Please allow me to take this opportunity to share some important information with you. As you know, I ran for the New York State Senate on a platform of real reform. The events that have recently taken place in Albany are frustrating, and many of you have expressed to me that you share my frustration. However, there is a very important point here, one that you won’t necessarily extract from the daily headlines about “coups” and “power grabs” and “crises” in our newspapers or on local television news.
It is my belief that the attempted transfer of power in the Senate had nothing to do with reform, and was simply an attempt by the minority party and a disaffected “Democrat” to prevent the passage of vital, progressive legislation that would deliver on the promises that many of my colleagues and I made to our constituents – to protect affordable housing, to provide accessible healthcare, to preserve quality public education, to ensure real tax relief, and to reform State government. Claims to the contrary actually fall short of reason. After five months of transition and governing, the same group of Senators who had controlled the legislative agenda and operations of the Senate for the previous 43 years, without any balance, equity or transparency, now claim that their leadership is necessary in order to enact reform. Their subsequent attempt to install themselves into leadership, a flagrant violation of the rules which govern the Senate, and to name a new President of the Senate, who would be next in line to be Governor of the State of New York, is an outrageous act, which illustrates the philosophy by which they governed for decades.
What I also believe, however, is that as a Democratic conference, we were certainly not without fault, because we should have moved more quickly to advance our agenda of change and reform, and to correct the disparities which have defined the status quo for half a century. Since the first day that I declared my candidacy for this office, and through the subsequent campaigns with all of their ups and downs -- the court decision that I was 18 votes short of a victory in 2004, and ultimately my election and re-election victories in 2006 and 2008 -- I have been an advocate for laws that ensure accountability and correct disenfranchisement and inequality, as well as an advocate for Senate rules which distribute resources fairly, to ensure that our collective constituency of ALL New Yorkers are best served by their government as a whole.
Our Democratic leadership did introduce new rules that improved transparency, made it easier to move bills to the floor, and offered a broader proposal for significant reforms of the committee process, which resulted in the passage of bi-partisan legislation and the emergence of a new spirit of cooperation that seemed to be more regularly transcending the figurative and literal “aisle” in our Chamber. However, more remained to be done, and we need a policy put into place for the equitable distribution of resources. Unfortunately, it requires more than a few months to unravel decades of dysfunction. And now we are here at this point, where it is important to me that you understand, we cannot leave until real reform is achieved.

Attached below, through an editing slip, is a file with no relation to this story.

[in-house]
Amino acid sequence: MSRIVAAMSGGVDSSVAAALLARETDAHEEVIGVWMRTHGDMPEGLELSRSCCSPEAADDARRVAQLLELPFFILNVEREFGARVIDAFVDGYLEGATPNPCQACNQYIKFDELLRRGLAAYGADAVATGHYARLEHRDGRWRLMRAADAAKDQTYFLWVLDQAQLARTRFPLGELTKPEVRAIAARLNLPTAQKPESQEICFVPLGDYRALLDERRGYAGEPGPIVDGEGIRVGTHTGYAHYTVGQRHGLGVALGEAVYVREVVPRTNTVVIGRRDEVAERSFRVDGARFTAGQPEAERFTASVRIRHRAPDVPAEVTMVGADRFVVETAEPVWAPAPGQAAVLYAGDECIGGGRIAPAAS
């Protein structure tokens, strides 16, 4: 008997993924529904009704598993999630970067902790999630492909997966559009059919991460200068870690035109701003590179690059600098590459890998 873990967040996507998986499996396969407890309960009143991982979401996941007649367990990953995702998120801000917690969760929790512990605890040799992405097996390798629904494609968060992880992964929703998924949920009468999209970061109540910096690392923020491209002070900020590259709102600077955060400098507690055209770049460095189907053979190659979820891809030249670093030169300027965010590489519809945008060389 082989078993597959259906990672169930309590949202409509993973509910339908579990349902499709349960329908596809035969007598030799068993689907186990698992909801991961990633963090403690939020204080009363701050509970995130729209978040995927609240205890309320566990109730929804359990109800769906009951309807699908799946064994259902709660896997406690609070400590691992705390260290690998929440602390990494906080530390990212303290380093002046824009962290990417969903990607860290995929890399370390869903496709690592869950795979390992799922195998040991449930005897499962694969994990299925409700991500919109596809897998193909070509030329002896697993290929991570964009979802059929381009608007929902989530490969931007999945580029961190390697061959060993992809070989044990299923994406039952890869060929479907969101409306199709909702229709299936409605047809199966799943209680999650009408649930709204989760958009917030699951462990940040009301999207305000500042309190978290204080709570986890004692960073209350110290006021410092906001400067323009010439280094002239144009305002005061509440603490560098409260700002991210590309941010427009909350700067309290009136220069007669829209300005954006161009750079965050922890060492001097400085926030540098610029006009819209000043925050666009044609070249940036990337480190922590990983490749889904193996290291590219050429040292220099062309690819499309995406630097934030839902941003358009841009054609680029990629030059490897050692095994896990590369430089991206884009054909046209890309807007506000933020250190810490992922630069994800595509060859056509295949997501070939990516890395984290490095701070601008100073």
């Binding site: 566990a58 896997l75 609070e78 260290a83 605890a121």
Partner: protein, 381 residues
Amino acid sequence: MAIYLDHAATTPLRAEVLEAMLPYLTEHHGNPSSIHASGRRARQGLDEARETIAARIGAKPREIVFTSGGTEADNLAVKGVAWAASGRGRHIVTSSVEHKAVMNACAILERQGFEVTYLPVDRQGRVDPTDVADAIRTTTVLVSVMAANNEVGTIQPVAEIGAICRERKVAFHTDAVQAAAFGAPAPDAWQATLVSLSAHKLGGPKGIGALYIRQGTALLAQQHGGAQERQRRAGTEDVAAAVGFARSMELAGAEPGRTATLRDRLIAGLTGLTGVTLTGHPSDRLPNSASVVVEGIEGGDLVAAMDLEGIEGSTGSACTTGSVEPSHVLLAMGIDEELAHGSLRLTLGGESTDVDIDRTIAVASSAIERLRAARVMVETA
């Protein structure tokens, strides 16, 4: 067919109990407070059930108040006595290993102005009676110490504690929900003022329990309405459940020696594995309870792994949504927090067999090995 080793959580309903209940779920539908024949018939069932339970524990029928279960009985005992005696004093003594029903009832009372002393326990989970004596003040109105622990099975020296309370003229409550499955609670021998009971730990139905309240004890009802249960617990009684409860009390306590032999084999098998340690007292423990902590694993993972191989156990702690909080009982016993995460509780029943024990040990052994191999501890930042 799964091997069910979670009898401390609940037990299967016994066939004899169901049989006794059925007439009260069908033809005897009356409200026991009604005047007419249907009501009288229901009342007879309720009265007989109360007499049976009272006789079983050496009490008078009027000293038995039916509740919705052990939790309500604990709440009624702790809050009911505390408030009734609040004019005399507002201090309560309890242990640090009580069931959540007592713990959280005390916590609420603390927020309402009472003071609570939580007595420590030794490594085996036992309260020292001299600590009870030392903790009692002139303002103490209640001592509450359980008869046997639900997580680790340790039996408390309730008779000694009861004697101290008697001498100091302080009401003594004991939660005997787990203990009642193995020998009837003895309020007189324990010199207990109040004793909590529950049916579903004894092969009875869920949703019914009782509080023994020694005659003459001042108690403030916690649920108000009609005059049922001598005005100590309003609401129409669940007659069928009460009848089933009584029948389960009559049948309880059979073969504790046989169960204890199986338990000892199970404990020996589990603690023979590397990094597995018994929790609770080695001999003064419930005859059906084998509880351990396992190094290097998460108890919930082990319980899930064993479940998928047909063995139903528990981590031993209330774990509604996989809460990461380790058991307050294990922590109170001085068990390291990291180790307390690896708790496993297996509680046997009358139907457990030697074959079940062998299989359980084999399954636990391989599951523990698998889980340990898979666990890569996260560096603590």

One potential result from this situation is that the Senate may be forced to change its model of operations, given that we now face an equally divided body. The Senate Democrats have already proposed a bipartisan operating agreement to the Republicans, used in numerous other states and the U.S. Senate when they found themselves in similar circumstances, to circumvent the gridlock created by a 50-50 split in the Senate.
The proposal [is attached] includes:
- A rotating Presiding Officer of the Senate, alternating daily, one each to be designated by the Democratic Conference and the Republican Conference, respectively.
- Establishing a six-member Senate Conference Committee, comprised of three members designated by the Democratic Conference and three members designated by the Republican Conference, to determine which bills and resolutions will reach the floor, and
- Rotating Floor Leaders, alternating daily, one each to be designated by the Democratic Conference and the Republican Conference, respectively.
Unfortunately, so far, this proposal has been soundly rejected by the Republicans who would rather let government grind to a halt than give up their last chance of having power. This is not the time for smoke and mirrors, and frankly, the ceremonial cannot be allowed to trump the substantive. I firmly believe that unless or until my colleagues on the other side of that aisle agree to negotiate, in good faith, the terms of a real power-sharing agreement, based on principles of accountability and reform, that we cannot acquiesce to their illegal demands, we cannot cower because the headlines are not always in our favor, and we cannot settle for anything less than the representation that the majority of New Yorkers voted for last November.
This process, while admittedly frustrating, will determine whether or not I am able to honor the promises that I made to you when you elected me to the Senate. For many New Yorkers, it will also determine the ability to access housing, healthcare and quality education, or to achieve lasting tax relief.
I am not still in Albany fighting for power for myself or for my paycheck, despite what the opponents of real reform would like you to believe. I remain in Albany, past the close of the regular Session, often with the gavel in my own hand, fighting for your power. It was your commitment to ending business as usual and to real reform that brought me to this place, to empower all New Yorkers equally. I do not intend to give up or to let you down for any reason. I promise you that I will continue to be a force for positive change and for real reform. You deserve nothing less.